"You'd be back," Pokey would say. Then the two of them would lie there drinking in silence for long minutes before one of them would bring up basketball, hunting, or truck engines - 부천오피 some topic safe and far away from Harlan's anger.

Some of those nights Samson would crawl out of his cot, sneak past the six cousins that slept in his room and out into the yard, where he would lie by the wheel of the old truck and listen to the two men talk.

Harlan was the only adult Samson knew who would talk about the dead, so the boy would lie there with his face against the cold grass hoping to hear something about his father or his mother, but mostly he heard about his two uncles, dead in the jungles, or his grandfather, who died piece by piece in a white hospital of diabetes. His father had died too young to leave many stories or a strong ghost. Not that Harlan would admit to believing in ghosts. "If I'm haunted," he would tell Pokey, "it's not by my unrevenged brothers, it's by you and your back-assward ways."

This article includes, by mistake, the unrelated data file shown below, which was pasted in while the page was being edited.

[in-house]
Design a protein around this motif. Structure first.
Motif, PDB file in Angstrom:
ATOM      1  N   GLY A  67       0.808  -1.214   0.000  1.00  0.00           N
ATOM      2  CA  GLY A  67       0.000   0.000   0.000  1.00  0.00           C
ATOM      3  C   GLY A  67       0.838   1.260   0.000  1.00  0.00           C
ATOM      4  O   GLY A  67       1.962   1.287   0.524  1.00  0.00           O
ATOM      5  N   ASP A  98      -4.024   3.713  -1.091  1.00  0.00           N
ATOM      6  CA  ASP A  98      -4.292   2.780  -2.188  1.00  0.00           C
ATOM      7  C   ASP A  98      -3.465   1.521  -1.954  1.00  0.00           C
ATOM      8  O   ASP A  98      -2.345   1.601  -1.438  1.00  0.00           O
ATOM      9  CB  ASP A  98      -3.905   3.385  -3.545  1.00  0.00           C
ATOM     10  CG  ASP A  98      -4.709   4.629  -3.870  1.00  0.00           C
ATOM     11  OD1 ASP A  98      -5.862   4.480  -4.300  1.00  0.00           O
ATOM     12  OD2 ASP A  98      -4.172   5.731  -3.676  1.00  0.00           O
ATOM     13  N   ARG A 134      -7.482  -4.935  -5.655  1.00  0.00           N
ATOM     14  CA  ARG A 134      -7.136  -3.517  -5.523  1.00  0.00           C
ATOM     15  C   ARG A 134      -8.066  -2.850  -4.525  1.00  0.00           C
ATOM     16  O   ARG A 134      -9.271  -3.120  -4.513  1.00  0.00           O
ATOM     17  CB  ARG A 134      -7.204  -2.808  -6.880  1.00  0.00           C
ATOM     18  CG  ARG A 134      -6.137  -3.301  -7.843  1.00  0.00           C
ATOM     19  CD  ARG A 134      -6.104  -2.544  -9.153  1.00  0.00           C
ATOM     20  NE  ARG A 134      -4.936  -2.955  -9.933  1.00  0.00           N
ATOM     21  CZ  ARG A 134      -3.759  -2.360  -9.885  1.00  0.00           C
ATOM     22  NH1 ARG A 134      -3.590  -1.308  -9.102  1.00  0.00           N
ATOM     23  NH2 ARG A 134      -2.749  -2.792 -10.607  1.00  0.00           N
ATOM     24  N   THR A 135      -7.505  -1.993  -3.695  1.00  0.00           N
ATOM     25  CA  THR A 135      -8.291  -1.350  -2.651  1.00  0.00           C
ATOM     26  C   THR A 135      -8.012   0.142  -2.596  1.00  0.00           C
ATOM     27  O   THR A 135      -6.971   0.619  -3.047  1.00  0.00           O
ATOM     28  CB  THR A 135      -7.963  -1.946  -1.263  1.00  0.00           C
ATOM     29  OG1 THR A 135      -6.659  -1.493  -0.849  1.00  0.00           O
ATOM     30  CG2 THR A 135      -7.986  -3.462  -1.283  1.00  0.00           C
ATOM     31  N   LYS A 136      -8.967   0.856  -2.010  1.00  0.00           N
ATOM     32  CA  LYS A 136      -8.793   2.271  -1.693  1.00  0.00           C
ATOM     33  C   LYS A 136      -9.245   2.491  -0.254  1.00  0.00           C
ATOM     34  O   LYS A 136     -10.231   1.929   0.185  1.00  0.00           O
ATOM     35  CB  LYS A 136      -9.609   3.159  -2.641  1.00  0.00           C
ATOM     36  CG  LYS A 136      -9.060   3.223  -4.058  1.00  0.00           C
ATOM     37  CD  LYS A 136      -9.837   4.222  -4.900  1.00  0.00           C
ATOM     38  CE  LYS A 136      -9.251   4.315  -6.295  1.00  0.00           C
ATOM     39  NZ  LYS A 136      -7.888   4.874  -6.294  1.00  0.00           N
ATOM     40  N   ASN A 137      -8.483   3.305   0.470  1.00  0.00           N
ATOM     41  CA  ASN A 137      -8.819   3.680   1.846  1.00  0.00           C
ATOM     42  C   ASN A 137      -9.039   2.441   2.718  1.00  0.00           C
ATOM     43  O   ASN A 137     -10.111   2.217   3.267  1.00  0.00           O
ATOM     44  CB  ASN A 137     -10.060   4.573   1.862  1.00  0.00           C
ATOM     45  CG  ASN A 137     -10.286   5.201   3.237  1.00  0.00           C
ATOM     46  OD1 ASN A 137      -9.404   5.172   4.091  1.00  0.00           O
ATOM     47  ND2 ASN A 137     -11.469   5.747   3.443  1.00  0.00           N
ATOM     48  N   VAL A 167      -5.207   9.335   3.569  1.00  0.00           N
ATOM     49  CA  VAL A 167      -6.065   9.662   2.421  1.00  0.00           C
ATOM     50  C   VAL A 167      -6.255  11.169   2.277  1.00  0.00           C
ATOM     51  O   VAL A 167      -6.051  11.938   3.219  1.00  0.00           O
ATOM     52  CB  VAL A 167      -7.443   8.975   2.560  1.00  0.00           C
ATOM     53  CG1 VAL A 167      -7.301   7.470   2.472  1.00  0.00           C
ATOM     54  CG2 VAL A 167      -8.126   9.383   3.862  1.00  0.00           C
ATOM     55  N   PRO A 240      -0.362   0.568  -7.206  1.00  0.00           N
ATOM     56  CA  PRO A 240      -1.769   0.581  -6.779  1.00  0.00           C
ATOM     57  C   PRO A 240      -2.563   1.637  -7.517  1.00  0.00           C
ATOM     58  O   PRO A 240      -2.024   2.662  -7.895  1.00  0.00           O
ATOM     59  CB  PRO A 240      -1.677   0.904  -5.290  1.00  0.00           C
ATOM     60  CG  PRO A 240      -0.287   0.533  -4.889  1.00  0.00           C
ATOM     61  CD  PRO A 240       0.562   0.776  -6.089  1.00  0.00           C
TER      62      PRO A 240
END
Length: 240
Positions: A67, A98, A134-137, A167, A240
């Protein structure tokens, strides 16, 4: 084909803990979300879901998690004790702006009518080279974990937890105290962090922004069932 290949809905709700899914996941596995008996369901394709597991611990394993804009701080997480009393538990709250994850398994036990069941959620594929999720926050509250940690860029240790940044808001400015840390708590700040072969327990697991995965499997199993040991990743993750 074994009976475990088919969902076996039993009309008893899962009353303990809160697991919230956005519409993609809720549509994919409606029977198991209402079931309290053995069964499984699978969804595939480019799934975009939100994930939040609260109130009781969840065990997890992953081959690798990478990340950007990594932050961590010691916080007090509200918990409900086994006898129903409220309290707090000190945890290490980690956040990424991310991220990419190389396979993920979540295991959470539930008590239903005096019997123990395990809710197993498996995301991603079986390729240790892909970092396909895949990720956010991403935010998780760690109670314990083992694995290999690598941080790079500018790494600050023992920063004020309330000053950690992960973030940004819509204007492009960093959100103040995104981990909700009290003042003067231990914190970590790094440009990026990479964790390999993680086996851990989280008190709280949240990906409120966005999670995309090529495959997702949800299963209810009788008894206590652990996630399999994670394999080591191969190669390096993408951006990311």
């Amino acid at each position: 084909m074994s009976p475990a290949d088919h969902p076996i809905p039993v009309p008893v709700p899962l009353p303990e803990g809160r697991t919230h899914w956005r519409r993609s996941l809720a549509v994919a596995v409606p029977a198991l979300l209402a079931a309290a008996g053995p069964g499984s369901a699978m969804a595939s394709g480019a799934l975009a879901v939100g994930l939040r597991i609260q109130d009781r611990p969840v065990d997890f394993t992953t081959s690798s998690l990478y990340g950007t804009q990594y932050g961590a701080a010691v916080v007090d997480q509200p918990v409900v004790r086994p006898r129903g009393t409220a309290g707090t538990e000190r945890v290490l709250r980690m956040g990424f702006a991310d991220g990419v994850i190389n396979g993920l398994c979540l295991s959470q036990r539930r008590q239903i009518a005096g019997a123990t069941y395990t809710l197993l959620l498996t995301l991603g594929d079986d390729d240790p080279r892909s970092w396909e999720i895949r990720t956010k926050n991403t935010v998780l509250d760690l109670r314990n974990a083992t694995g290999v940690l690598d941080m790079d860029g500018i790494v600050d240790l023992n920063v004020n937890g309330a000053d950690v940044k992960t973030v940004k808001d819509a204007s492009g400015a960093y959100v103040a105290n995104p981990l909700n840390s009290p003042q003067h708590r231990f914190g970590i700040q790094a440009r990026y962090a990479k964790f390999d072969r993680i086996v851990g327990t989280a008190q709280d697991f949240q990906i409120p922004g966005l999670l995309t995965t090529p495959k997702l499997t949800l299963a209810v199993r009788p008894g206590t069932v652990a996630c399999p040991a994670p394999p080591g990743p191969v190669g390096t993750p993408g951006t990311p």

After time and hangovers passed, Samson would ask Pokey about Harlan and always get the same answer. "Poor Harlan, he is out of balance. I should dance for him at the Sun Dance." It was no answer. Samson remained confused.

Samson watched as Harlan rose from the bench and undressed for the sweat. He was tall and lean, his skin deep red-brown in the firelight, his eyes and hair black as an obsidian arrowhead: pure Crow brave. But as Samson undressed he wondered why his uncle seemed so unhappy with his heritage. He treated his Crow blood like a curse, while Pokey seemed to see it as a blessing. They were half brothers, sharing the same mother, belonging to her clan, growing up in the same house; why were they so different? Why did neither one seem to be able to live comfortably in his own skin?